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The Twitter reaction to France’s ban on discussing predicted presidential results

April 23rd, 2012 | No Comments | Posted by in Politics, Social media and blogging

By Guillaume Paumier on Flickr. Some rights reserved.

“The results were like the elephant in the room” – that’s what one journalist told Journalism.co.uk after users were said to have taken to Twitter to try and get around a ban on the discussion of predicted results in the French presidential election.

The law, which dates from 1977, bans the reporting of results, projections and exit polls on the day before and day of the election until the closure of the last polling stations.

The ban will also apply to the run-off between Nicolas Sarkozy and Francois Hollande on Sunday 6 May and is expected to remain in place, after Jean-Francois Pillon, the head of France’s polling commission, reportedly said he would call on state prosecutors to bring charges against media organisations and individuals who had allegedly defied the ban.

The last polling stations closed at 8pm on Sunday, but before this deadline the hashtag #radiolondres, a reference to resistance broadcasts made in the Second World War, was being used to discuss the projected results, with the candidates being given code-names to try and circumvent the ban.

Nicola Hebden, a freelance journalist covering the election, told Journalism.co.uk the events highlighted the issue of attempting to ban information spreading on Twitter:

While we were broadcasting, the results were like the elephant in the room – we all knew them – the news team, the viewers – but we weren’t allowed to talk about them on air.

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Le Monde sues office of President Sarkozy for spying

The row over an alleged attack on press freedom by French president Nicolas Sarkozy continues this week after it was confirmed by police that a senior official has been implicated as part of an investigation into leaked information.

According to a BBC News report, French newspaper Le Monde is to file a lawsuit accusing the office of President Sarkozy of spying on its journalists, claiming it understands an intelligence service was used to identify one its sources in relation to a story ran in July.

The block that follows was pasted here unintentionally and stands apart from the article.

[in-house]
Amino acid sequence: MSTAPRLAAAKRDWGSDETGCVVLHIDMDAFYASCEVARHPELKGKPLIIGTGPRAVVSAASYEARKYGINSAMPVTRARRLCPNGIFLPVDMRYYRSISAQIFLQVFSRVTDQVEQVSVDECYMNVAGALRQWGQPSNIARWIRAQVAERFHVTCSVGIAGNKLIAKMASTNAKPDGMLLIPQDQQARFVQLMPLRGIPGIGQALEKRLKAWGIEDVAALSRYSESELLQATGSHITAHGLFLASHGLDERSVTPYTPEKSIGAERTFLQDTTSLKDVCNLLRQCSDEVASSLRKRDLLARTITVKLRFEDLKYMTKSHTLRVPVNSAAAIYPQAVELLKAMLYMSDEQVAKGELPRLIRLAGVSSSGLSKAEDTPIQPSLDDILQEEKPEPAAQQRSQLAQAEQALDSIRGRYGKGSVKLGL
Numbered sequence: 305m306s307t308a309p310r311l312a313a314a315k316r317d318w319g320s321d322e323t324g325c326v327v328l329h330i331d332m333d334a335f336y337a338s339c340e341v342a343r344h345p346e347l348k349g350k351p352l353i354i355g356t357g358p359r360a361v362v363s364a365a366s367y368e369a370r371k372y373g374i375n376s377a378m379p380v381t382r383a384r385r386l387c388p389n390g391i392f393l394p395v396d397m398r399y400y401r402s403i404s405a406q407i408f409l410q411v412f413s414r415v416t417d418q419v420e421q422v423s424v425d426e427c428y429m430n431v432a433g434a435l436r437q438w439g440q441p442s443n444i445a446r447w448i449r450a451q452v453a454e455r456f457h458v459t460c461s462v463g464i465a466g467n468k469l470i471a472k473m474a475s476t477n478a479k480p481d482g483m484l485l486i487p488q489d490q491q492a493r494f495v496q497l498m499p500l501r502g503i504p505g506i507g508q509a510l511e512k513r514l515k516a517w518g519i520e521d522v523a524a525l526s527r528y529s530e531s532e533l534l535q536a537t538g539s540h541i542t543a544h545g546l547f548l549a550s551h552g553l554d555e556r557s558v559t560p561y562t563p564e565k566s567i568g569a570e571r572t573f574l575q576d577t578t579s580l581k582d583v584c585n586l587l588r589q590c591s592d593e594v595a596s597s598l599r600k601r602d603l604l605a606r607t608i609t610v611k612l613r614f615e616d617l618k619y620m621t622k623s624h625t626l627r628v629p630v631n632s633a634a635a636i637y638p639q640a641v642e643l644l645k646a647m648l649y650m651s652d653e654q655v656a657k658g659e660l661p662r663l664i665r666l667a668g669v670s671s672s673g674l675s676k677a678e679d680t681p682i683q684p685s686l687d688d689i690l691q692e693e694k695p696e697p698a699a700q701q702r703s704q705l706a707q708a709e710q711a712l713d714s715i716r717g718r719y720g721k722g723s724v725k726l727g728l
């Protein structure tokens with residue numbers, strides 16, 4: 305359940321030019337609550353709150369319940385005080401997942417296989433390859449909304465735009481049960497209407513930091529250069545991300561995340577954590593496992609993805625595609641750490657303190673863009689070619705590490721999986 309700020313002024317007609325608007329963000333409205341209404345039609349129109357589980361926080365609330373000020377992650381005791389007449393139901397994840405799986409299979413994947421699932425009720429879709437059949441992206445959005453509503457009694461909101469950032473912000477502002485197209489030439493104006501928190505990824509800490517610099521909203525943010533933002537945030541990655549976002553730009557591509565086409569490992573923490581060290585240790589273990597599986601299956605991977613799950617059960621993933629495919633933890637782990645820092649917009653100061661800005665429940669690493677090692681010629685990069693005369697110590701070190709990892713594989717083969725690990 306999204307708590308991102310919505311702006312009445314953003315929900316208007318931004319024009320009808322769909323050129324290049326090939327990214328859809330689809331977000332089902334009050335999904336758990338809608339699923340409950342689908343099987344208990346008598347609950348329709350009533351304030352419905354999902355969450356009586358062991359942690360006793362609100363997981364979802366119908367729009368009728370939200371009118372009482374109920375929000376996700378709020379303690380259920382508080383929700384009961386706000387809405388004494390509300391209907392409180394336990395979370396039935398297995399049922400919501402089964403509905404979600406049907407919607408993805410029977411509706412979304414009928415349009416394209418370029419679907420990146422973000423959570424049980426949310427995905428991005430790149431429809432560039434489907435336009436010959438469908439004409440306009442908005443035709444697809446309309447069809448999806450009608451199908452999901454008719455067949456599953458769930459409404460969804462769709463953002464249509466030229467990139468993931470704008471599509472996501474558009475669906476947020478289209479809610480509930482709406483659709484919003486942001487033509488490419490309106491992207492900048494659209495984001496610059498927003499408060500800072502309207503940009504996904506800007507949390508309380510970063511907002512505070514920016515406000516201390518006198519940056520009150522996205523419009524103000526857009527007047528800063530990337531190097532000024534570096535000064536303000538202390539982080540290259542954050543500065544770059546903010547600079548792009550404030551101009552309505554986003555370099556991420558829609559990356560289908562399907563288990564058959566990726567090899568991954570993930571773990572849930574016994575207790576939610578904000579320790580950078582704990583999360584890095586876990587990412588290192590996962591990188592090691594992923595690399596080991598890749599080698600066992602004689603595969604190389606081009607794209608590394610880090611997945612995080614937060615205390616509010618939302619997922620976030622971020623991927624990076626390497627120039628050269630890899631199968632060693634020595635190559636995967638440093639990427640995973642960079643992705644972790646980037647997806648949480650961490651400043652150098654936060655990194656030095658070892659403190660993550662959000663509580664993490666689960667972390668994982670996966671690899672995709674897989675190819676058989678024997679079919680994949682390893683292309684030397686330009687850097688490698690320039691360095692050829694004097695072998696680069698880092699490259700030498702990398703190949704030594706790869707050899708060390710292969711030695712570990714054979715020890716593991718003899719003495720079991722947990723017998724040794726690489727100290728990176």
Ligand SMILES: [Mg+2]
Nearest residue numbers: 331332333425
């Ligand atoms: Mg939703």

The report in question by Le Monde linked a minister to an investigation by authorities into L’Oreal heiress Liliane Bettencourt and donations to Sarkozy’s 2007 election campaign. The president’s office reportedly rejects the claims made by the paper.

Following the news of legal action, press freedom group Reporters Without Borders pledged its support to Le Monde.

If the Elysée Palace really ordered government personnel to violate the law on the secrecy of sources in the Woerth-Bettencourt case, it would constitute a violation of press freedom as serious as tapping journalists’ telephones.

We offer Le Monde all our support in its determination to establish whether the government violated the confidentiality of sources. These allegations must be treated with the utmost seriousness. Reinforcing the protection of journalists’ sources was one of Nicolas Sarkozy’s campaign promises and a law was even voted in January. It would be intolerable if the Elysée Palace were the first to break a law requested by the president.

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FT.com: ‘There will be a transition to people paying for the internet,’ says Liberty Media chairman

A couple of things extremely pertinent to the paid content debate in a ‘view from the top’ interview on FT.com.

It’s with Liberty Media chairman, John Malone, described by the FT’s Richard Milne as ‘one of the most powerful figures in the media world’. He controls a ‘sprawling empire of assets’ including  DirecTV, the Discovery Channel, QVC, the Atlanta Braves baseball team and a company focused on Cable TV, Liberty Global.

Two extracts from the interview:

“How bad is the outlook for the media industry right now?”

“The media has lots of different elements in it. Probably at the bottom would be local, because local advertising has been the most adversely affected. Newsprint is probably the most damaged media going forward. Cable television has been OK. It continues to grow, a little slower than we’d like. The broadcast networks are getting beaten up, but not as bad on their national side as on their local side (…)”

and:

A big debate in media is: can you get consumers to pay for online content?

“There will be a transition to people paying for [the] internet. Unfortunately, a lot of the people promoting the internet have other monetisation theories, such as search, which is ‘free’ to the consumer. Believe me, it’s not free to the retailer. The real question is: can you get people to pay for content on the internet? That will happen over time. If you’re a newspaper publisher and you’re giving information free on the internet and charging a subscription fee [for the paper], I don’t understand the logic.”

Full interview at this link…

And this:

“Long or short? Newspapers? Short James Murdoch? Long Hedge fund regulation? Long Share prices? Neutral The European economy? Short Nicolas Sarkozy? Long Ben Bernanke? Long Barack Obama’s healthcare plan? Disaster – short Twitter? Neutral Barry Diller? Long.”

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MediaGuardian: Sarkozy starts talks to rescue France’s ailing newspapers

October 2nd, 2008 | No Comments | Posted by in Editors' pick, Newspapers

French President Nicolas Sarkozy is launching crisis talks today with the aim of saving France’s ailing newspaper industry.

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